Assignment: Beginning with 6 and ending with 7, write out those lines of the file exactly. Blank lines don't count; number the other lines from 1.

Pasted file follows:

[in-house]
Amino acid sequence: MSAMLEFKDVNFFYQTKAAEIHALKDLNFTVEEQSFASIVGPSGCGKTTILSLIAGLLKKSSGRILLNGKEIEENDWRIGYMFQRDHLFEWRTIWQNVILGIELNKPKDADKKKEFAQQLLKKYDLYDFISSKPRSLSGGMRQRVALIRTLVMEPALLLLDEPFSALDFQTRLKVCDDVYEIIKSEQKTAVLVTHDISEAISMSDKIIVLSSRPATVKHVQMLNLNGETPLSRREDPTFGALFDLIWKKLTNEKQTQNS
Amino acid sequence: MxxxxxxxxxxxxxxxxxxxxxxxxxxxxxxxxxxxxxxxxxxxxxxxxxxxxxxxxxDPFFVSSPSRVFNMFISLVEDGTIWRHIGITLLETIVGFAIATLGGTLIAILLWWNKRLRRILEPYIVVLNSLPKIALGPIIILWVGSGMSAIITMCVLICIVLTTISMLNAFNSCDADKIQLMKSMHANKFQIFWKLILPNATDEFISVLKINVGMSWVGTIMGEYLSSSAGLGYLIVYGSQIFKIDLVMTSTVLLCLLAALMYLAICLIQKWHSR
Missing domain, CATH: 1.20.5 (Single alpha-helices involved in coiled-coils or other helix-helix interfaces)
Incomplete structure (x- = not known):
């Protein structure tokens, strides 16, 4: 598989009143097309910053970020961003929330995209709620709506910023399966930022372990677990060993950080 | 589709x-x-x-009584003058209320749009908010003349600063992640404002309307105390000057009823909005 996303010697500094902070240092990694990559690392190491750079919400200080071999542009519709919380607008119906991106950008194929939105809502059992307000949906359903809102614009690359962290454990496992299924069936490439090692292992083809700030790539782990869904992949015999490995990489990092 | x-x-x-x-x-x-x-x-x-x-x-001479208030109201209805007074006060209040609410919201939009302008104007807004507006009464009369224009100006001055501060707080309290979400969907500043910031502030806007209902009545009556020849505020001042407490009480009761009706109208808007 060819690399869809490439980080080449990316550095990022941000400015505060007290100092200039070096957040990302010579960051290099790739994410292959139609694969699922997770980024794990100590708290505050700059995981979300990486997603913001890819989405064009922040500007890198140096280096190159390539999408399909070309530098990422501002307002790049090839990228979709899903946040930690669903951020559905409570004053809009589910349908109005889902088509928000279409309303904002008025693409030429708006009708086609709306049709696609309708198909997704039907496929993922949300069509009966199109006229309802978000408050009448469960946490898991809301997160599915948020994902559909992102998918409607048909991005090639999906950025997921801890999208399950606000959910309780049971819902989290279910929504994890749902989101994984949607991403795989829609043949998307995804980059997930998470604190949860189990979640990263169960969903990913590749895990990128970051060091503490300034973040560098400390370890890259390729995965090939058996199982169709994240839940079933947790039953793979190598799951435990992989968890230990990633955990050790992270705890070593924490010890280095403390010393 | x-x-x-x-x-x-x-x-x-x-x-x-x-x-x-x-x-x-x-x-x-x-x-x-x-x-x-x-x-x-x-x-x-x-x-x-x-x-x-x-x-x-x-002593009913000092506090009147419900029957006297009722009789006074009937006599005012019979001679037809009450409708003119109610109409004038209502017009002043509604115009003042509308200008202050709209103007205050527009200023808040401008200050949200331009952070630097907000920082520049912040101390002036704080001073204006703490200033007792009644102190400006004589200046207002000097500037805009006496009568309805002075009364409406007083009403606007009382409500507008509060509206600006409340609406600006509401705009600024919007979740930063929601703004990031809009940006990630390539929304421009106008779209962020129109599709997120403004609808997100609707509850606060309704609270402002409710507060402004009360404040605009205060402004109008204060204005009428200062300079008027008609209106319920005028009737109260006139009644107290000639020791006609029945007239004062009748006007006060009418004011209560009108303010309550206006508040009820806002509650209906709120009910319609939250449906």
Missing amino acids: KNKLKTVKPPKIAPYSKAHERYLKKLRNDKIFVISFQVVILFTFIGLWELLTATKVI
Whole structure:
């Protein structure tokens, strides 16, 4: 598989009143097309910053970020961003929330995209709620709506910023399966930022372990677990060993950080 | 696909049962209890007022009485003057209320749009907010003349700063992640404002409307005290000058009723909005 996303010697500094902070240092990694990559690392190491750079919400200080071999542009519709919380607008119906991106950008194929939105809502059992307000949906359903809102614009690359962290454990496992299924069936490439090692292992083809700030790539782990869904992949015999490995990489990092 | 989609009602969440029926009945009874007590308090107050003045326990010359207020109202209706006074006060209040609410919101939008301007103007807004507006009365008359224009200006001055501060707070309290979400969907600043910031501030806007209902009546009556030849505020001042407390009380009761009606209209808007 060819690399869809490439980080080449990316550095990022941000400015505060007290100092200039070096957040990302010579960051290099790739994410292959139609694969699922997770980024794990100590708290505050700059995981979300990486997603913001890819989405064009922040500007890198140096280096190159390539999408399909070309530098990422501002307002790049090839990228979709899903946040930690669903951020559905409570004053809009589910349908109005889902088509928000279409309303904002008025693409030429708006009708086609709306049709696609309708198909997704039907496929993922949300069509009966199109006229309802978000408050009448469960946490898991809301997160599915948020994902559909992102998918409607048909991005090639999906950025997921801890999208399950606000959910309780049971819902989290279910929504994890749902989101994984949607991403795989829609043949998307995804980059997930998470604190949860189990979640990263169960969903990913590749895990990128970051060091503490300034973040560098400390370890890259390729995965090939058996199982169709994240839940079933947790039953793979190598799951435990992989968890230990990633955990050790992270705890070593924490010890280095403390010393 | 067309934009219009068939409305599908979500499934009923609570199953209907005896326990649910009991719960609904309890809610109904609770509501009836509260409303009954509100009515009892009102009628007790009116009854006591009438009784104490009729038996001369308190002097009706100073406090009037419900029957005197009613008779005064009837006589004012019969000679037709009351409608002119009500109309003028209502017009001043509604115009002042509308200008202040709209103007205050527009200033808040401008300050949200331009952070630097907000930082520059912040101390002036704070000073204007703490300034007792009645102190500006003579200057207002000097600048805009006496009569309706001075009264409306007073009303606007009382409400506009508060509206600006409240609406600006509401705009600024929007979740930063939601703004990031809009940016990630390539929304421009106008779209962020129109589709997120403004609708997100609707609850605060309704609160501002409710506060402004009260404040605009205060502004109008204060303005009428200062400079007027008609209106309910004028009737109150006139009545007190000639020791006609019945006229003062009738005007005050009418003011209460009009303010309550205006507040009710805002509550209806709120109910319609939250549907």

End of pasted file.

């Protein structure tokens, strides 16, 4: 598989009143097309910053970020961003929330995209709620709506910023399966930022372990677990060993950080 | 589709x-x-x-009584003058209320749009908010003349600063992640404002309307105390000057009823909005 996303010697500094902070240092990694990559690392190491750079919400200080071999542009519709919380607008119906991106950008194929939105809502059992307000949906359903809102614009690359962290454990496992299924069936490439090692292992083809700030790539782990869904992949015999490995990489990092 | x-x-x-x-x-x-x-x-x-x-x-001479208030109201209805007074006060209040609410919201939009302008104007807004507006009464009369224009100006001055501060707080309290979400969907500043910031502030806007209902009545009556020849505020001042407490009480009761009706109208808007 060819690399869809490439980080080449990316550095990022941000400015505060007290100092200039070096957040990302010579960051290099790739994410292959139609694969699922997770980024794990100590708290505050700059995981979300990486997603913001890819989405064009922040500007890198140096280096190159390539999408399909070309530098990422501002307002790049090839990228979709899903946040930690669903951020559905409570004053809009589910349908109005889902088509928000279409309303904002008025693409030429708006009708086609709306049709696609309708198909997704039907496929993922949300069509009966199109006229309802978000408050009448469960946490898991809301997160599915948020994902559909992102998918409607048909991005090639999906950025997921801890999208399950606000959910309780049971819902989290279910929504994890749902989101994984949607991403795989829609043949998307995804980059997930998470604190949860189990979640990263169960969903990913590749895990990128970051060091503490300034973040560098400390370890890259390729995965090939058996199982169709994240839940079933947790039953793979190598799951435990992989968890230990990633955990050790992270705890070593924490010890280095403390010393 | x-x-x-x-x-x-x-x-x-x-x-x-x-x-x-x-x-x-x-x-x-x-x-x-x-x-x-x-x-x-x-x-x-x-x-x-x-x-x-x-x-x-x-002593009913000092506090009147419900029957006297009722009789006074009937006599005012019979001679037809009450409708003119109610109409004038209502017009002043509604115009003042509308200008202050709209103007205050527009200023808040401008200050949200331009952070630097907000920082520049912040101390002036704080001073204006703490200033007792009644102190400006004589200046207002000097500037805009006496009568309805002075009364409406007083009403606007009382409500507008509060509206600006409340609406600006509401705009600024919007979740930063929601703004990031809009940006990630390539929304421009106008779209962020129109599709997120403004609808997100609707509850606060309704609270402002409710507060402004009360404040605009205060402004109008204060204005009428200062300079008027008609209106319920005028009737109260006139009644107290000639020791006609029945007239004062009748006007006060009418004011209560009108303010309550206006508040009820806002509650209906709120009910319609939250449906």
Missing amino acids: KNKLKTVKPPKIAPYSKAHERYLKKLRNDKIFVISFQVVILFTFIGLWELLTATKVI